A newly zombified Jack sets out on a cross-country trek to find the creator of the zombie virus, hoping to prove that not all zombies are mindless brain munchers as he quests for zombie/human equality. Along the way, he finds other zombies who are like him and slowly builds a group of zombies who have “talents”.
The first cognizant zombie he comes to meet is Joan. She is, or was, a nurse and has the ability to maintain the decomposition zombies face on a daily basis. She can repair and mend injuries with things she finds, like a Dead Doctor McGuyver.
Guts, an eviscerated young zomboy, is the next one to join the ragtag group of zombies with abilities. Not only does he understand, Guts can also run even though he’s decomposing at the same rate as every other zombie around him.
Then comes Ros, the first zombie who can converse since he hasn’t lost his ability to talk or remember.
Finally, Annie joins the group. The dead little sharpshooter makes for a welcome addition to the ragtag group of undead.
Throughout the entire novel, Robin Becker manages to create humour in what should be a tale about a horrific, zombie-filled world. Becker manages to create feelings of sympathy in the reader for her characters, even though they are zombies. On the flip side, the reader gets to walk a mile in someone else’s shoes… on dead legs.
Brains is a fun, well-written, different kind of zombie story for those who want a tale that isn’t like all the others.
***Brains: A zombie memoir is recommended as Mandytory reading***
I was introduced to Rio Youers and his writing when I attended my first horror convention. I picked up a copy of his novel, Mama Fish and added it to my ever-growing pile of books to read. Mama Fish was a quick, good read that I highly enjoyed. Fueled by my enjoyment of Mama Fish and my love for short stories, I immediately jumped at the chance to pick up his next book, Dark Dreams, Pale Horses. Needless to say, I was not disappointed.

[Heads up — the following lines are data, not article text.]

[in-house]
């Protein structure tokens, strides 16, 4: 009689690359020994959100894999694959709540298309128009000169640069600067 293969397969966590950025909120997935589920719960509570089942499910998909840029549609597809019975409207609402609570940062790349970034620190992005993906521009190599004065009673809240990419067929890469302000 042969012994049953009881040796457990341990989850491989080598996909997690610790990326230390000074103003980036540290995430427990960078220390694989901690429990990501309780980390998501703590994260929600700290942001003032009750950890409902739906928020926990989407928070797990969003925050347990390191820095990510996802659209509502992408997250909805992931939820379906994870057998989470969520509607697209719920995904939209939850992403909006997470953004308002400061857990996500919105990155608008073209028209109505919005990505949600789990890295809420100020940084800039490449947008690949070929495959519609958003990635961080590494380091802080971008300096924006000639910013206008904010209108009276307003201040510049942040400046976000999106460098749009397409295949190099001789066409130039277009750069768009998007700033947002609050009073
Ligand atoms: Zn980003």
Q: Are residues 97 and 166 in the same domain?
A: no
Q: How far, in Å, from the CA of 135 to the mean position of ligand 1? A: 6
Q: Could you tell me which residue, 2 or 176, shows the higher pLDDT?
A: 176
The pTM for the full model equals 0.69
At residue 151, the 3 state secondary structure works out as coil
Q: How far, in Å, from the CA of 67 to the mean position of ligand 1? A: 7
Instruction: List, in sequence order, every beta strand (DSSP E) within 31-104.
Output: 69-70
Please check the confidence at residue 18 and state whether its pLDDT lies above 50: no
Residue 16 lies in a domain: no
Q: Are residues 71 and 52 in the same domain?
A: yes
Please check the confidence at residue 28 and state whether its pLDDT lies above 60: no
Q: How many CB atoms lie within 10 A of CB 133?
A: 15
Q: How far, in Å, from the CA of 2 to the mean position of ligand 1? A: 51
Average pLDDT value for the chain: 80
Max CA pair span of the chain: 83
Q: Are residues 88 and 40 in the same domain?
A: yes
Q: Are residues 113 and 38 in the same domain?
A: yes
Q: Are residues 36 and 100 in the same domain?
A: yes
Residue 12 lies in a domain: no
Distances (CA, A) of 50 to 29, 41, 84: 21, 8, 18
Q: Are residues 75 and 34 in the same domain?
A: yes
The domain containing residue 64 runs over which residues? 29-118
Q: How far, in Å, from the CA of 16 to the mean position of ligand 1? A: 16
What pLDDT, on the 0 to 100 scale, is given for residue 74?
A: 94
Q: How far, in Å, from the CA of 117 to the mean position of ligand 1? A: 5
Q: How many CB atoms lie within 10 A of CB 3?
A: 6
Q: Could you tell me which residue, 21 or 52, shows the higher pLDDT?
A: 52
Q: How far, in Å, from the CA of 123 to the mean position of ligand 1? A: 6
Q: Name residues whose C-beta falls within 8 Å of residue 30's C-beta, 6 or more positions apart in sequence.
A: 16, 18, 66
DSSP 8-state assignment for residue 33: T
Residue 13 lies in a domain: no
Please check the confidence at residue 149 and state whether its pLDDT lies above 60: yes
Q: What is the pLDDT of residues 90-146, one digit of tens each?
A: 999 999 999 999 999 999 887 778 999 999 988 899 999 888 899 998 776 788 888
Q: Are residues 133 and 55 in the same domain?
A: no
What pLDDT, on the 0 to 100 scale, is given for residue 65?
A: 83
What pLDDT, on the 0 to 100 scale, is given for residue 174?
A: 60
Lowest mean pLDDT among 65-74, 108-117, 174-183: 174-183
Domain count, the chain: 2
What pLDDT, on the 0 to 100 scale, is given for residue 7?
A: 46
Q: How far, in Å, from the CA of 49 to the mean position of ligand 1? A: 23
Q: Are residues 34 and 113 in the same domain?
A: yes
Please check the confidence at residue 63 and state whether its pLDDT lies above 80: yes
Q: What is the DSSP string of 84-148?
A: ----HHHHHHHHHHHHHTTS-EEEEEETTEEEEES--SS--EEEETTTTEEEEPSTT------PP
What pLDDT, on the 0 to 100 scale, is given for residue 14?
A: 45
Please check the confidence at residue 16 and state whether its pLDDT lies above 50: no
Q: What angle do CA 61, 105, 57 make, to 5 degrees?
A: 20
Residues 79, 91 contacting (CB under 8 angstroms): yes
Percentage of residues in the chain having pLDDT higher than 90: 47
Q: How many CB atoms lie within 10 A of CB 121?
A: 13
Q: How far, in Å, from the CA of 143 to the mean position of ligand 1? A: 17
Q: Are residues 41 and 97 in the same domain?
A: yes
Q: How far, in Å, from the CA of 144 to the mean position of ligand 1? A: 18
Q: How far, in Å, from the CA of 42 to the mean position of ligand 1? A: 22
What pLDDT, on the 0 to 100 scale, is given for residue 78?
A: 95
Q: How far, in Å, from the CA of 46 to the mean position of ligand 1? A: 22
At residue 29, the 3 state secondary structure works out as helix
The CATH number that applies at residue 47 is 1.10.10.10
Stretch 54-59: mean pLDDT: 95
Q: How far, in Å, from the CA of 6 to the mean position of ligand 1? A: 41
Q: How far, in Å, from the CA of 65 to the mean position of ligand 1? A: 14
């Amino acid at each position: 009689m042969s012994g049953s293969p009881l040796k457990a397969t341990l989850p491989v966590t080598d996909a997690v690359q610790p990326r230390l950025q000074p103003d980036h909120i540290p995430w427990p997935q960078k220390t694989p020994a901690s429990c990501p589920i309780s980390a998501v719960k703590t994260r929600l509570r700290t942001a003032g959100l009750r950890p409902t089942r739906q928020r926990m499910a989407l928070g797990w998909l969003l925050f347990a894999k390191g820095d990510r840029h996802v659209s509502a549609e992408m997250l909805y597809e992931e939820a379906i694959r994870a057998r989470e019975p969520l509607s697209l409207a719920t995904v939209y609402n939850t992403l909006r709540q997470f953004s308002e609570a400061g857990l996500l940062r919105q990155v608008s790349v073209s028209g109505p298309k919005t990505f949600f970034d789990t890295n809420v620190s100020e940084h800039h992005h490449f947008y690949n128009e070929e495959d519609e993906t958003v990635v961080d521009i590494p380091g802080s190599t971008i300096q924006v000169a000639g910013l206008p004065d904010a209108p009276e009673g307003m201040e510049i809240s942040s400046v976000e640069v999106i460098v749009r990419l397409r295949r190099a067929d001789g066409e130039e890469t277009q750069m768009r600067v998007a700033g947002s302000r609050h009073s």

Dark Dreams, Pale Horses is a collection of six short stories written by Youers with an introduction by Brian Keene.
Pure: There is always a need for salvation during times of infection. Pure is a story set in the near future, however Youers spins a much different tale than what you’d expect from your regular run-of-the-mill vampire story.
This Is The Summer Of Love: Terri and Billy are the main characters in this story of love, protection, and need. Terri lives in a black and white world of sadness, at least until she meets Billy, who becomes her knight in Technicolor armor.
Ghost Of Lillian Bliss: An elderly woman suffering from Alzheimer’s recants a story from her childhood. While present memories seem to elude her, she has no problem digging up the images from her childhood.
Chrysalis: The world as we know it is now a cold, desolate place where people are forced up mountains to chase the sunlight and children are born at death’s door. Angelo, the main character, cares for the children in this touching fable of sorrow and hope.
Alice Bleeding: After an asteroid decimates parts of Australia, thirty-three survivors remain and wait for rescue. Sally, her four-month-old son and her husband survived but the bitterness she carries is destroying her marriage. The group waiting for rescue thinks the worst is over, but something more horrible approaches.